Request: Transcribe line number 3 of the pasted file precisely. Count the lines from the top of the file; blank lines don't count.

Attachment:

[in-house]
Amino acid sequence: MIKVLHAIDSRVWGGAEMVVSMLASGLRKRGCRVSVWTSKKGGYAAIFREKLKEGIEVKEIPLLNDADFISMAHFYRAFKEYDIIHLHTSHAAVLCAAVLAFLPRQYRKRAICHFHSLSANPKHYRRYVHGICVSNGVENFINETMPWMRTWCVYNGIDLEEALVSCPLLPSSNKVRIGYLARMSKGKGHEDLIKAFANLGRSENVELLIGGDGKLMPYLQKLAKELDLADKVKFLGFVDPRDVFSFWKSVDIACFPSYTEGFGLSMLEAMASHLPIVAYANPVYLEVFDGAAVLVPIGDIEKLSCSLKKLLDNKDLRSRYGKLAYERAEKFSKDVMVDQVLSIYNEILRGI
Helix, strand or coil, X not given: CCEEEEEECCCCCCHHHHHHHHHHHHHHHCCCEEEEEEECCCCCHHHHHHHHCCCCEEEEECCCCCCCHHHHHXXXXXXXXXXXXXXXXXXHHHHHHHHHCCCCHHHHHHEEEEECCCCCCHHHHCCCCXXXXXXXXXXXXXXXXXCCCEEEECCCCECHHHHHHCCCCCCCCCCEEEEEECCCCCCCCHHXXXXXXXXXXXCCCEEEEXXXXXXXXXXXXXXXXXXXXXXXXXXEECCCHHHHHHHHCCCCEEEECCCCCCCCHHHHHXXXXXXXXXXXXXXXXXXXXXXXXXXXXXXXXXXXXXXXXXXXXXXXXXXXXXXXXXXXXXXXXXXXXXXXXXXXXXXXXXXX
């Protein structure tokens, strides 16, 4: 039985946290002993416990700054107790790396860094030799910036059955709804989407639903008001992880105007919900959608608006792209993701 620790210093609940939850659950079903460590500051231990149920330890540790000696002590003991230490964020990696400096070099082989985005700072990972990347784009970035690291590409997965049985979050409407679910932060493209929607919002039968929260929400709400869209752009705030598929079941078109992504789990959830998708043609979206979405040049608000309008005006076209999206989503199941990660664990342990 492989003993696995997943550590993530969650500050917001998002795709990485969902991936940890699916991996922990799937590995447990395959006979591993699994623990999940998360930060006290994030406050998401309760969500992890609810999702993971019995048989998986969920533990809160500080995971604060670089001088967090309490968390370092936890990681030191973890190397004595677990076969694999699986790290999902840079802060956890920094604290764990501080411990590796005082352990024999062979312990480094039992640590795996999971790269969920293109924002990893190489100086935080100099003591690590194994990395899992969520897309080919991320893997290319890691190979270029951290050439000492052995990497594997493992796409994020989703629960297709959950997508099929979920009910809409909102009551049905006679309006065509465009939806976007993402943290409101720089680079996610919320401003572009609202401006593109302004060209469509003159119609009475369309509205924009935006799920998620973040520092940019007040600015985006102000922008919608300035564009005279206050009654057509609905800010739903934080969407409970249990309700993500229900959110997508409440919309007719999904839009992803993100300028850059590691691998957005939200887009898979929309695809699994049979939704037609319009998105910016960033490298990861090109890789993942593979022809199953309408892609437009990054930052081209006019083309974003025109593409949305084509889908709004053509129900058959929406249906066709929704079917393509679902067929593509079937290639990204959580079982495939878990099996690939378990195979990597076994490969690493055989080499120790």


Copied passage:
Helix, strand or coil, X not given: CCEEEEEECCCCCCHHHHHHHHHHHHHHHCCCEEEEEEECCCCCHHHHHHHHCCCCEEEEECCCCCCCHHHHHXXXXXXXXXXXXXXXXXXHHHHHHHHHCCCCHHHHHHEEEEECCCCCCHHHHCCCCXXXXXXXXXXXXXXXXXCCCEEEECCCCECHHHHHHCCCCCCCCCCEEEEEECCCCCCCCHHXXXXXXXXXXXCCCEEEEXXXXXXXXXXXXXXXXXXXXXXXXXXEECCCHHHHHHHHCCCCEEEECCCCCCCCHHHHHXXXXXXXXXXXXXXXXXXXXXXXXXXXXXXXXXXXXXXXXXXXXXXXXXXXXXXXXXXXXXXXXXXXXXXXXXXXXXXXXXXX